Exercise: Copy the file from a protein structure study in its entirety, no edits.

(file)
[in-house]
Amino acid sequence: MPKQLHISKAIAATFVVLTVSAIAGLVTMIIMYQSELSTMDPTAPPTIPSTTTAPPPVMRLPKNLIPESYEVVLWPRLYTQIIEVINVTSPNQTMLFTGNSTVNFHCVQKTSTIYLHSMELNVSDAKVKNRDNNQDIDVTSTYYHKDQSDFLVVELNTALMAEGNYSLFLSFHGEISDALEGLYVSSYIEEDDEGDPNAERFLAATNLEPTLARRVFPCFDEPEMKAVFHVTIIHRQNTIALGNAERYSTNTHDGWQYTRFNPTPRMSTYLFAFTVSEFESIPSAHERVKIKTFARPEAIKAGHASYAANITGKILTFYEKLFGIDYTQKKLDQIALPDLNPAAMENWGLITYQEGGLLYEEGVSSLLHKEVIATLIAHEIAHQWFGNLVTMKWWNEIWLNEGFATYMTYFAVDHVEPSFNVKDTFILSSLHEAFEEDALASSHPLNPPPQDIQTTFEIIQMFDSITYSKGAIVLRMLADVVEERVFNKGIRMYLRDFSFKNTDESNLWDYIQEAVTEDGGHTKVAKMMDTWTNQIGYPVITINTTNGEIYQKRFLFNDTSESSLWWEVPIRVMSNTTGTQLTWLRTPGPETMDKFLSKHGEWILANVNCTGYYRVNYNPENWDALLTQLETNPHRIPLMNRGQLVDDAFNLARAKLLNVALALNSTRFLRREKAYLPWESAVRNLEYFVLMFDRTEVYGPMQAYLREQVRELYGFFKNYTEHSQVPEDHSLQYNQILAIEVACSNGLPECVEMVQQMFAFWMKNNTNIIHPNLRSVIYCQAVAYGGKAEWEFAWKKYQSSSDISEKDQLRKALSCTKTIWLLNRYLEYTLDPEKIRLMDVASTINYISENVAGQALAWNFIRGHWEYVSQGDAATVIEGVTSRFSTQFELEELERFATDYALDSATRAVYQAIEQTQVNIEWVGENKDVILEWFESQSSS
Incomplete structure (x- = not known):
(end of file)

[in-house]
Amino acid sequence: MPKQLHISKAIAATFVVLTVSAIAGLVTMIIMYQSELSTMDPTAPPTIPSTTTAPPPVMRLPKNLIPESYEVVLWPRLYTQIIEVINVTSPNQTMLFTGNSTVNFHCVQKTSTIYLHSMELNVSDAKVKNRDNNQDIDVTSTYYHKDQSDFLVVELNTALMAEGNYSLFLSFHGEISDALEGLYVSSYIEEDDEGDPNAERFLAATNLEPTLARRVFPCFDEPEMKAVFHVTIIHRQNTIALGNAERYSTNTHDGWQYTRFNPTPRMSTYLFAFTVSEFESIPSAHERVKIKTFARPEAIKAGHASYAANITGKILTFYEKLFGIDYTQKKLDQIALPDLNPAAMENWGLITYQEGGLLYEEGVSSLLHKEVIATLIAHEIAHQWFGNLVTMKWWNEIWLNEGFATYMTYFAVDHVEPSFNVKDTFILSSLHEAFEEDALASSHPLNPPPQDIQTTFEIIQMFDSITYSKGAIVLRMLADVVEERVFNKGIRMYLRDFSFKNTDESNLWDYIQEAVTEDGGHTKVAKMMDTWTNQIGYPVITINTTNGEIYQKRFLFNDTSESSLWWEVPIRVMSNTTGTQLTWLRTPGPETMDKFLSKHGEWILANVNCTGYYRVNYNPENWDALLTQLETNPHRIPLMNRGQLVDDAFNLARAKLLNVALALNSTRFLRREKAYLPWESAVRNLEYFVLMFDRTEVYGPMQAYLREQVRELYGFFKNYTEHSQVPEDHSLQYNQILAIEVACSNGLPECVEMVQQMFAFWMKNNTNIIHPNLRSVIYCQAVAYGGKAEWEFAWKKYQSSSDISEKDQLRKALSCTKTIWLLNRYLEYTLDPEKIRLMDVASTINYISENVAGQALAWNFIRGHWEYVSQGDAATVIEGVTSRFSTQFELEELERFATDYALDSATRAVYQAIEQTQVNIEWVGENKDVILEWFESQSSS
Incomplete structure (x- = not known):